Social Media and the Christian [1]: Theology of Culture

A few weeks ago, we had an event for the youth of First Baptist Church of Durham on Christ and Pop Culture. As part of the festivities, including all the subs you can eat and Xbox Kinect, I was asked to present on Social Media. The next few posts will be sections of the presentation. Let’s gets the party started with a Theology of Culture.

Creation, the Fall, Redemption :: Structure, Direction & Restoration

social media vintage foto'sIn Creation Regained: Biblical Basics for a Reformational Worldview, Albert Wolters argues convincingly that the Bible is the foundational story that defines the essence of a Christian worldview. The Bible is a narrative which defines the nature of reality itself; in it, God reveals his laws and norms for all people of all time. God holds this divine right as our creator. So we come to the Bible to learn about humanity and our world and how we should, even can, live. Wolters gives us two very important categories that are helpful in understanding how we can live Christianly as culturally embedded beings: structure and direction. (By culturally embedded, it means that we live in a particular culture, sharing with a group of people a way of thinking, feeling, and behaving in a shared environment and geographic location.)Every cultural entity, or product, can be understood in terms of its structure and its direction. You see, when we start reading the Bible, we first learn of the inherent goodness of God’s creation. God created all things, by his own powerful word, and he created it all “good”, yea, “very good!” The material world is not evil because it is material. The Bible does not create a dichotomy between evil material and good spirit—that would be Manichaeism or Platonism, not Christianity. Rather, the material world is good. God gave his created universe order and he made it pleasant and filled it with peace and beauty. Wolters calls this the “structure” of the universe. When it comes to humanity, God made us in his image (imago Dei).

By structure, Wolters meant the essence of a person, thing, activity that reflects God’s goodness. Francis Schaeffer was one of many people who reminds us that no matter how depraved a person or thing may be, because of the imago Dei, even an atheist by God’s creational will, reflects the image of God.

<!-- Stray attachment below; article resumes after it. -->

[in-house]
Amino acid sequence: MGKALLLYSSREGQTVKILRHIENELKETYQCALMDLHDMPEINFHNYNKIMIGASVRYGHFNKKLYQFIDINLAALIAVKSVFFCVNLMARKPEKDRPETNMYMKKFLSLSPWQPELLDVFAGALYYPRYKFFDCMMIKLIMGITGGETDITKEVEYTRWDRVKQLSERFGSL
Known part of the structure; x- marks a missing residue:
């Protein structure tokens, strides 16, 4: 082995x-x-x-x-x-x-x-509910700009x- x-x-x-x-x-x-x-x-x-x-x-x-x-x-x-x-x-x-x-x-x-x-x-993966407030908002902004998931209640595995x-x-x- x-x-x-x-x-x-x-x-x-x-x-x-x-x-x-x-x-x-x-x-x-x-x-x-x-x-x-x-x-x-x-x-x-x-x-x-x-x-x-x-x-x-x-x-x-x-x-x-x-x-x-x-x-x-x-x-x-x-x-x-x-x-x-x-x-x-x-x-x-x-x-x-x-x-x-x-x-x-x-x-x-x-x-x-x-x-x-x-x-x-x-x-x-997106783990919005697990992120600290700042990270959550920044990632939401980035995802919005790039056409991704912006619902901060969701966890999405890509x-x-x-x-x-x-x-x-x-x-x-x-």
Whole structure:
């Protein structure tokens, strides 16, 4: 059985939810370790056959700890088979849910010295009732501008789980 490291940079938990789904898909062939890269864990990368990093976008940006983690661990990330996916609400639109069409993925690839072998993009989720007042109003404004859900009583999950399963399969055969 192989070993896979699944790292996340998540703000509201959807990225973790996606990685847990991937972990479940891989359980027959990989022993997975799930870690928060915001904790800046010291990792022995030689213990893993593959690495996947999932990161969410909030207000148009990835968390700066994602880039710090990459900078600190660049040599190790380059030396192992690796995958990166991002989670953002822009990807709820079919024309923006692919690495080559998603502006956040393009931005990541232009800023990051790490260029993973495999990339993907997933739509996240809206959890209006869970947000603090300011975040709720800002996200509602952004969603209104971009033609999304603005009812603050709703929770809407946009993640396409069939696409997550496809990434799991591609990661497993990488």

As we continue reading, we soon learn that all is not as it should be. Genesis 3 is as much of a true reality as is Genesis 1–2. Satan tempts Eve, she is deceived, both her and Adam fall into sin and now shame, brokenness, and curse permeate everything. The creation is not a passive recipient of all of these. God curses Satan and the Land. He is one who subjects the creation to futility. But as moral, willful beings, humanity has sided with Satan in rebellion. But even in the darkest hour of human existence, God’s redemption power is revealed in the promise of a coming “seed”, or “offspring” who will crush Satan. We learn through the rest of Scripture who that one would be—son of Abraham, son of Judah, son of David, prophet, priest, king—and we learn that he indeed defeats Satan and will remove the curse in the New Heavens and the New Earth, reigning of a New People. Humanity though is born in sin, as children of wrath, sharing in the works of the devil, in need of God’s gracious salvation. Without Jesus, humanity lives in opposition to God. Everything he does reflects that satanic opposition. This is what Wolters means by “direction.” Direction is that part of a person, thing, activity that reflects human opposition to God.

Therefore, structurally, everyone/thing reflects something of God’s goodness and the image of God; AND, directionally, everyone/thing reflects something of willful satanic rebellion against God. These two categories exist in varying degrees depending on the person/thing, but it shows why sometimes even the pagans can express some truth, exude some beauty, act somewhat good, yet be in absolute and dire need of salvation. We all need redemption! And as we are redeemed, our culture is also being redeemed, more so as we consciously seek restoration.

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3 Comments

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  1. Thanks for your work on this, Wes. I do plan to get yours up on the FB page sometime soon — as soon as I get mine part finished, which may be a few more weeks! 🙂

    • Kevin,

      Thanks again for the opportunity. No hurry on getting it on FB, take your time. I figured I hadn’t blogged in a while and I already had something in the chamber, so I posted it.

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